Did you know that the free-from market is now the fastest-growing food and drink category, currently worth £122.9 million? Food innovators say that the end goal is to help normalise the free-from shopping experience and ensure the food category is not isolating shoppers. But how are supermarkets managing the growth of the free-from market? Let’s take a look.
Who purchases free-from products?
Growth to the free-from market has stunned retailers as 27% of Brits now regularly shop in the free-from aisle, up from 19% in the previous year. The acceleration on the £99.9 million spent in 2015 on free-from products has been driven by the increase in free-from shoppers and innovative new products pushing up the prices by 0.9%. Interestingly, 31% of these shoppers say they purchase free-from products to help improve their general health, 27% say it’s a lifestyle choice and only 14% purchase free-from products due to an allergy or intolerance, for example, coeliac disease. When in comes to self diagnosis women are leading the way: one in five women say the reason they eat free-from food is because they suspect an allergy or intolerance, compared to the one in ten men.
As shoppers are still learning and experimenting with free-from foods, no evidence has been given to suggest that gluten free foods are healthier and nutritionally beneficial to consumers. However, Mintel research has suggested that 54% of free-from shoppers would stop purchasing free-from products if it was proven that they were more unhealthy than the standard offerings, for instance if they were higher in fat or sugar. Dr Reilly said that the growth in the free-from market is far greater than ever expected and has warned shoppers that purchasing free-from products could lead to spending more money.
How are supermarkets reacting to the growth in the free-from market?
Supermarkets have cottoned on to the fact that the free-from market is a key area of growth, and have reacted by expanding the shelf space and introduced designated chill free-from bays, to help manage the large volumes of new products. Schär Marketing Director Bradley Grimshaw calls the location of free-from products in supermarkets the ‘$6 billion question’. On one hand, a designated shelf space helps to provide shoppers with an easy shopping experience as all products relating to specific allergens are located in one place. However, bunching all the free-from products together creates a totally separate, isolated shopping experience that is not always easy to navigate, especially if consumers are shopping for lifestyle reasons.
There is no reason why supermarkets couldn’t standardise their fixtures and combine the free-from products with the mainstream products, as some would say this would broaden their appeal. From this, what is likely to happen is a reduction in price of free-from products as there will be unfavourable price comparisons with competitor products. For example, a Warburtons white bread, medium slice is priced at £1 for 800g, whereas Genius gluten free soft white loaf is £3 for just 535g. So not only is the gluten free bread more expensive, the size of the loaf is considerably smaller. Price remains a key barrier to wider adoption of free-from foods as 39% of Brits say it is too expensive compared to standard food.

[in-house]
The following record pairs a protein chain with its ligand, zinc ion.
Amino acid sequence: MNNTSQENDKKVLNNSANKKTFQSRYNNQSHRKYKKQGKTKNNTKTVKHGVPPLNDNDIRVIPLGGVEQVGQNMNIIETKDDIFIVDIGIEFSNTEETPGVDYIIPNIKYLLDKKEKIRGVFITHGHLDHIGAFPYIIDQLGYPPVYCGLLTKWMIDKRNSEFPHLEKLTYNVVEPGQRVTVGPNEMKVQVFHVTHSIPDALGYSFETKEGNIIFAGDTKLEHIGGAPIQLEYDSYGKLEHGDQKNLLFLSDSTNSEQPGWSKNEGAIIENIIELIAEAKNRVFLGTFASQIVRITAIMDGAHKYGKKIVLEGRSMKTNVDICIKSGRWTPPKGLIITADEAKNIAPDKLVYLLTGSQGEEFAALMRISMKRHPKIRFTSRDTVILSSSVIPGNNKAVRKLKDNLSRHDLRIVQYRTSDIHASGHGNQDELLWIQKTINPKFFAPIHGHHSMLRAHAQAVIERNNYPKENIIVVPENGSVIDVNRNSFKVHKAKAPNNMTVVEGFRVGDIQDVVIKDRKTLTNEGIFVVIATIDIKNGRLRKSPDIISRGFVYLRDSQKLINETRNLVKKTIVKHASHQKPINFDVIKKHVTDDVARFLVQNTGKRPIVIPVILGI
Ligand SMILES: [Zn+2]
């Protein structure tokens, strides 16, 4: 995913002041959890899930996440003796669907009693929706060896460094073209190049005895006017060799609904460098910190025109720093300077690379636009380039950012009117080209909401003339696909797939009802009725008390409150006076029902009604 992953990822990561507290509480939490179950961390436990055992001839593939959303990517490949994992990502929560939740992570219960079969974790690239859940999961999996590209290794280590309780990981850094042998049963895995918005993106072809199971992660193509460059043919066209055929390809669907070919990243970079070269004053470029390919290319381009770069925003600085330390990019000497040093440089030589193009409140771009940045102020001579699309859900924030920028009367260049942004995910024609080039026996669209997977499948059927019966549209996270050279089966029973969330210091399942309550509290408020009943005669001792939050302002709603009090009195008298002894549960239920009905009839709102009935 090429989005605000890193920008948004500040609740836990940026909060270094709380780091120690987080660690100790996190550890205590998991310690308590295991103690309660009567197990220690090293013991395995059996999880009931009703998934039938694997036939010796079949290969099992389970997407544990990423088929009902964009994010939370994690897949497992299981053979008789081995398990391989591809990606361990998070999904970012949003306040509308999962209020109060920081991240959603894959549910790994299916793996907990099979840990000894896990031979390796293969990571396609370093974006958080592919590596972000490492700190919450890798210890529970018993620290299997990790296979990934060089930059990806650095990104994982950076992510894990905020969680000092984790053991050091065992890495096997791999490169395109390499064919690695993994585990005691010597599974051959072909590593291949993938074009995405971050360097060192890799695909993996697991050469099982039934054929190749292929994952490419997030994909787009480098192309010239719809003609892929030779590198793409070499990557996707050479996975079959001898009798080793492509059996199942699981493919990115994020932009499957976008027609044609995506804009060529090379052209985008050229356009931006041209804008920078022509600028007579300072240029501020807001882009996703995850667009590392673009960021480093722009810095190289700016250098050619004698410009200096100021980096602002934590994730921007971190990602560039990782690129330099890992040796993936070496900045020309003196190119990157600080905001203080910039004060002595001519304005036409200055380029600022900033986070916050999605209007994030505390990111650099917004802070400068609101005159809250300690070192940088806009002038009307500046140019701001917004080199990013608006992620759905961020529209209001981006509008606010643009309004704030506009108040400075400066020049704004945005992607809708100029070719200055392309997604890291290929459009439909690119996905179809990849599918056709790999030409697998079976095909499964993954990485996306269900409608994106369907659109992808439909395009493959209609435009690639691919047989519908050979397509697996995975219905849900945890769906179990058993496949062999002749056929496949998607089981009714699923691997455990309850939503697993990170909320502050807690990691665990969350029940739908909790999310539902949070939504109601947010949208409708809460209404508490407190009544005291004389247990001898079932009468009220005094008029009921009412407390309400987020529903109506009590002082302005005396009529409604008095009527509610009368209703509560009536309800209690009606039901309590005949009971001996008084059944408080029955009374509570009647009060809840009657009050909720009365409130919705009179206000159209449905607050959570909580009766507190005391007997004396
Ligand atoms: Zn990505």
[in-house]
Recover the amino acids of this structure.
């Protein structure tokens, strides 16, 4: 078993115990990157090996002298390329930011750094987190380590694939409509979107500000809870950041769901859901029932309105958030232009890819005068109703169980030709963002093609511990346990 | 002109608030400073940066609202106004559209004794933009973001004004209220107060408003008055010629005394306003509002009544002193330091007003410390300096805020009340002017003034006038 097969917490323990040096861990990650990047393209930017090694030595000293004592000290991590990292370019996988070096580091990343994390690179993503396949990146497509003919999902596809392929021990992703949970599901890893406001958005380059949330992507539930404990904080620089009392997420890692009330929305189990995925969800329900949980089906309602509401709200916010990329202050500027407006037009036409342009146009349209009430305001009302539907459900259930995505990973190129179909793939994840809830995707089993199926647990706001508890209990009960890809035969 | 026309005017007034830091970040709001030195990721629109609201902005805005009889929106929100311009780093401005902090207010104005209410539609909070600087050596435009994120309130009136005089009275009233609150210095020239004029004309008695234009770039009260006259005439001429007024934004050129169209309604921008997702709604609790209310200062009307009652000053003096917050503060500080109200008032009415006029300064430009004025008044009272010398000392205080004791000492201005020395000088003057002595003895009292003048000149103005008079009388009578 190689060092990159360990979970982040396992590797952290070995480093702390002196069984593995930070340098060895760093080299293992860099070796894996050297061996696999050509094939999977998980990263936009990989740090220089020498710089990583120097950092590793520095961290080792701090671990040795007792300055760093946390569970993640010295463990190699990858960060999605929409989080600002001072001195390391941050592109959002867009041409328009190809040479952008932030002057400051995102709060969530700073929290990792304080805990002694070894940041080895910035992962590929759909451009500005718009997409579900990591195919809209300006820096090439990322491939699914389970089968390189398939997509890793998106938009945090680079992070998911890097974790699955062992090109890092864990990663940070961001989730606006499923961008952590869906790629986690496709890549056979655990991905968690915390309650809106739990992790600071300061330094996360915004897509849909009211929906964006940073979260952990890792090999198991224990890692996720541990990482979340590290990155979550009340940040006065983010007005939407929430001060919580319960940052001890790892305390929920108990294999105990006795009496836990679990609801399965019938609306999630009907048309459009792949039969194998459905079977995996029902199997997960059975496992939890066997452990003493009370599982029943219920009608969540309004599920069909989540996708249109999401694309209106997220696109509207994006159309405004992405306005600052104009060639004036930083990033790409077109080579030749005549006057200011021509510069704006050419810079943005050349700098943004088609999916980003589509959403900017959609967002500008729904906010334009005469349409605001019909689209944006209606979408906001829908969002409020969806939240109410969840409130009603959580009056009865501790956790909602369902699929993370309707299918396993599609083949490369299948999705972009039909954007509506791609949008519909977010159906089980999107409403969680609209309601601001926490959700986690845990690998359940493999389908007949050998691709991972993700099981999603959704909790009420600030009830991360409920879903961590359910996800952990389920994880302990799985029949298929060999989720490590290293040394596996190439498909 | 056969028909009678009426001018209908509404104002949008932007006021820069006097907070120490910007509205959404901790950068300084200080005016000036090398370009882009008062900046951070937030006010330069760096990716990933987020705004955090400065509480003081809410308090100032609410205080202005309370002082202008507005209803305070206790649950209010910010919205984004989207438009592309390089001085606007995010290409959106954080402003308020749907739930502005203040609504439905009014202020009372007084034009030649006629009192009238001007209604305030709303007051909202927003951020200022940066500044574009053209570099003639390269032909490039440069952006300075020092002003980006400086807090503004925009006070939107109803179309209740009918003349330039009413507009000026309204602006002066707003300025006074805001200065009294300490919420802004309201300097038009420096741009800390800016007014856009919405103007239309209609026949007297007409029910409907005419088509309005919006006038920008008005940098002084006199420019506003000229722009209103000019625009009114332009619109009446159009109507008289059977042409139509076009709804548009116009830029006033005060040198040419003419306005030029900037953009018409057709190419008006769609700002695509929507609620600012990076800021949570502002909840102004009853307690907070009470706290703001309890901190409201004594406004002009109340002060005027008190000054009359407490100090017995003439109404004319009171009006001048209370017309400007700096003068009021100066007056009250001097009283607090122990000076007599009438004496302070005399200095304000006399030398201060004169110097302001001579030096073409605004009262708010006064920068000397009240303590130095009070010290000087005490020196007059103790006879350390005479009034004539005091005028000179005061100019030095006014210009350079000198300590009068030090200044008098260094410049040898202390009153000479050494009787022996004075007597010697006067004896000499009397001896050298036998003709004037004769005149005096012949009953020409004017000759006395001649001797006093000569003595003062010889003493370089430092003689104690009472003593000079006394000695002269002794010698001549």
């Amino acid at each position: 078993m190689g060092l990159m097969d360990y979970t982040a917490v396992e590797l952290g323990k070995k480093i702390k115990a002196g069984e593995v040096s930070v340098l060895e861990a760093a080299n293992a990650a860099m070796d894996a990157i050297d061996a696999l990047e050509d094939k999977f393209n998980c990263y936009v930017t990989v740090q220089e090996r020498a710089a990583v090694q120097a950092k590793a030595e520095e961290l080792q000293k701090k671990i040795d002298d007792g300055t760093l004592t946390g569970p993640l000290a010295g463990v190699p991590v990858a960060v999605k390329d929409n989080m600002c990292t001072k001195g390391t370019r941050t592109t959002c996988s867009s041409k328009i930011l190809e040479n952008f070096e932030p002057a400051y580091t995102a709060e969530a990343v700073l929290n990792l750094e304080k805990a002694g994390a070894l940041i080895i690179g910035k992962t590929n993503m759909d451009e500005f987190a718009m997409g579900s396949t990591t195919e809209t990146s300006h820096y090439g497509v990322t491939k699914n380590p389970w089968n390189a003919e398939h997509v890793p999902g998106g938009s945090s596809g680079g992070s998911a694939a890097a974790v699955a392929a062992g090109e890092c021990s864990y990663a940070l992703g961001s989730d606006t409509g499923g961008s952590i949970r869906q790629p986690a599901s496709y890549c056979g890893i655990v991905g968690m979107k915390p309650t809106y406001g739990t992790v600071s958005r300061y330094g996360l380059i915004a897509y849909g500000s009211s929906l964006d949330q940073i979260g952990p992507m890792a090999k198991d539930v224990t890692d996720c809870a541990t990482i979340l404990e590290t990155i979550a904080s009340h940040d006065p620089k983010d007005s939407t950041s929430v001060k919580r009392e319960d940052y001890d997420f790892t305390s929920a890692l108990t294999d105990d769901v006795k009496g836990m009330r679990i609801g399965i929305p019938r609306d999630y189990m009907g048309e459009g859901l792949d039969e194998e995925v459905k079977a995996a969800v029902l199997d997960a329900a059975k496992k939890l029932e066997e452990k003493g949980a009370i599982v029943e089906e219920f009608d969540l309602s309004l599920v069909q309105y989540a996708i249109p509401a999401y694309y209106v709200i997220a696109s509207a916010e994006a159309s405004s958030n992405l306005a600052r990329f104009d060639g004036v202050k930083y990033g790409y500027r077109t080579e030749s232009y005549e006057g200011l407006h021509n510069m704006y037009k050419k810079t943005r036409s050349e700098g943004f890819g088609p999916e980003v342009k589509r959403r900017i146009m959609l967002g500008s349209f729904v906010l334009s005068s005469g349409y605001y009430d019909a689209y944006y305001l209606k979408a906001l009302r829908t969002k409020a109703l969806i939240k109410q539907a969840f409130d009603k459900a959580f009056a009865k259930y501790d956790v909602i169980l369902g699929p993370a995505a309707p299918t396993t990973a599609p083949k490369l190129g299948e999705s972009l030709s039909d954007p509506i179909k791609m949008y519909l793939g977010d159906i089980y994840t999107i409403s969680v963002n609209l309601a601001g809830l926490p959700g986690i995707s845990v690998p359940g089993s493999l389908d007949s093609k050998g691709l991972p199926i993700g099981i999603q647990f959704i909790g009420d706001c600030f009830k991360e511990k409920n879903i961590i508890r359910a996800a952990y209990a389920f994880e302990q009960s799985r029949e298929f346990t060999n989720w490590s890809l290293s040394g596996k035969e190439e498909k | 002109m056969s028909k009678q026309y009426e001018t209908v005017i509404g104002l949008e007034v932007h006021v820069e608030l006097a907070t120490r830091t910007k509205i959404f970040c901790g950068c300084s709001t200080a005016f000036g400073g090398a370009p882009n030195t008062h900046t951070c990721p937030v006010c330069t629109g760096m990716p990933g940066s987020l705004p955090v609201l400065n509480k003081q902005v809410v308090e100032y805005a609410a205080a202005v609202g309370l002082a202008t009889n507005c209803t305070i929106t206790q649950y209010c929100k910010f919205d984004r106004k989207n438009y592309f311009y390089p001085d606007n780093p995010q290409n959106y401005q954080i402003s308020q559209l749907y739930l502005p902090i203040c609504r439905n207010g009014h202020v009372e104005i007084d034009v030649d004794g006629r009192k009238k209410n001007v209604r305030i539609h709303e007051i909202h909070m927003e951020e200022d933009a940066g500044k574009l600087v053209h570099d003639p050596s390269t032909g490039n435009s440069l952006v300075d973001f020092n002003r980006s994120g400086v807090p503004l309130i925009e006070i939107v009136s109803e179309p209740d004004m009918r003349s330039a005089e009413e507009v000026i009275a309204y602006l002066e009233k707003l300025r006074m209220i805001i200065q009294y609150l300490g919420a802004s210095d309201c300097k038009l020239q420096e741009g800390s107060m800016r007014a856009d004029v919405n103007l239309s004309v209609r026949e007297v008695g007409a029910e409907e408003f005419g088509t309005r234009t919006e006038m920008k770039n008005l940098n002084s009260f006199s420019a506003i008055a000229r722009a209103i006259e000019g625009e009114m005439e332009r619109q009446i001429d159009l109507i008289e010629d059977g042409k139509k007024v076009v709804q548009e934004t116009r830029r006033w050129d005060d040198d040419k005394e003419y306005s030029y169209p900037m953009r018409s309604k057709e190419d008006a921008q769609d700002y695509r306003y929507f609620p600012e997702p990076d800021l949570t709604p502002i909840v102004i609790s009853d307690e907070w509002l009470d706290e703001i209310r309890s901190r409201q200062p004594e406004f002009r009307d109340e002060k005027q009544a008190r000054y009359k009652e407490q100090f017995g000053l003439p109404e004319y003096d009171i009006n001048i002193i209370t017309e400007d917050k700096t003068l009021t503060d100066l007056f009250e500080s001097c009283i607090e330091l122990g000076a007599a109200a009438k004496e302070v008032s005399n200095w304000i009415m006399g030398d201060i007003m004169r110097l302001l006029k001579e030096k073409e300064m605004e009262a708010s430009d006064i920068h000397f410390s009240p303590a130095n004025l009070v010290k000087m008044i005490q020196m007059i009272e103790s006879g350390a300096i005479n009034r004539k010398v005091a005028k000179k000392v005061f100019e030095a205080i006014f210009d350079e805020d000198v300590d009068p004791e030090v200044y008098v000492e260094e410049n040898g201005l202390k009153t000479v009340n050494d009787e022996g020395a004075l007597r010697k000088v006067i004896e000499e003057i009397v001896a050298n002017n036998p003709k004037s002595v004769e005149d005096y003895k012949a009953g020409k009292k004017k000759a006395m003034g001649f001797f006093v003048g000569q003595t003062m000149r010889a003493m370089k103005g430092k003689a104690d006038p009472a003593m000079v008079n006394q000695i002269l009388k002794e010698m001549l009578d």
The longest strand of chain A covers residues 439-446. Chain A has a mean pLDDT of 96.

But with a number of brands moving in on the free-from category, the migration of free-from products into mainstream fixtures has a certain inevitability about it. Particularly when you consider how wheat free and low sugar snack brands such has Nakd have capitalised on the removal of confectionery from checkouts, as well as being introduced into many meal deals in a number of supermarkets. For example, at the checkouts in Tesco, the shelves are filled with healthy eating products including Nakd bars, mini Graze boxes, popcorn and water, whereas a couple of years ago these shelves would have included bars of chocolate, crisps and fizzy drinks. Furthermore, a Sainsbury’s meal deal includes a sandwich, snack and a drink for just £3 and now offers a variety of products to help promote healthy eating such as fruit, Nakd cereal bars and gluten free cakes.
As the free-from market continues to grow and competition increases, it is expected that these brands will discourage the movement of free-from products around the store, as their prices will look comparatively higher and it will become increasingly difficult to promote their health-based value propositions. For example, Nakd Berry Delight cereal bars highlight that the bars are one of your five a day, contain 100% natural ingredients with no added sugar, 100% vegan and gluten, wheat and dairy free, but if this product was moved to the cereal bar aisle, it would be challenging for Nakd to compete alongside mainstream cereal bars. In a free-from section of a supermarket, the Nakd cereal bar doesn’t have much competition and the price will look pretty reasonable. However, if the free-from cereal bars were moved to the mainstream aisle next to the likes of Kelloggs and Alpen, the contrast in price will become much more apparent. For example, a pack of Nakd Berry Delight cereal bars costs £2.50 for four bars (so £1.43 per 100g), whereas a pack of Kellogg’s Special K Red Berry cereal bars is only £1.50 for five bars (93p per 100g). Some would say that it could be a huge risk for supermarkets to mainstream all free-from products, as it could have significant impact upon the shoppers experience and may be discouraged if the free-from foods are difficult to locate across the store.
As a result, supermarkets will be forced to formulate new strategies around the free-from market as and when innovative new products are brought to the supermarket shelves. Forecasts suggests that the free-from market will grow by 43% by 2020, so watch this space.